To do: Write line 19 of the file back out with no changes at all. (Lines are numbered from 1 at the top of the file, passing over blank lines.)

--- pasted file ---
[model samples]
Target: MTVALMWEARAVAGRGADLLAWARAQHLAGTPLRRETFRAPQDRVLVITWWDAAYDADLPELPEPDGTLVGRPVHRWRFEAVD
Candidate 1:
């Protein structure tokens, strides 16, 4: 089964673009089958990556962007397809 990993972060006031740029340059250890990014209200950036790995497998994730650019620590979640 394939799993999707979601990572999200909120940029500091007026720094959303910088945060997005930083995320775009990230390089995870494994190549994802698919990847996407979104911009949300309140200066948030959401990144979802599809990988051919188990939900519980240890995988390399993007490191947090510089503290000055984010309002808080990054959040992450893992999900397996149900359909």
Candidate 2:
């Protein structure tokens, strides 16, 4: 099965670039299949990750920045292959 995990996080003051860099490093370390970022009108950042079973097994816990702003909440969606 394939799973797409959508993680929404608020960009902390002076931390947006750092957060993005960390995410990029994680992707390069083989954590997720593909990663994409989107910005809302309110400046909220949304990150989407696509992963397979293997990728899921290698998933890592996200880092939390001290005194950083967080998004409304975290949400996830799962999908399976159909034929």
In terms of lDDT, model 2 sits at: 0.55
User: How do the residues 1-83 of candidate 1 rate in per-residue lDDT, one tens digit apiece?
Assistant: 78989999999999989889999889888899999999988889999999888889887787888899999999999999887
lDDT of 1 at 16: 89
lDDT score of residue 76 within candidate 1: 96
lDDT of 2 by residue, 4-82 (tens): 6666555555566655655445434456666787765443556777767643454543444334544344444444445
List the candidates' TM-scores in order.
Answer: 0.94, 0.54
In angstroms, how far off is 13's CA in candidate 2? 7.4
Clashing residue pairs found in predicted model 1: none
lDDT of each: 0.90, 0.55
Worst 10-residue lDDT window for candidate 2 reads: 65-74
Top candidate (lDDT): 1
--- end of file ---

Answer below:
Top candidate (lDDT): 1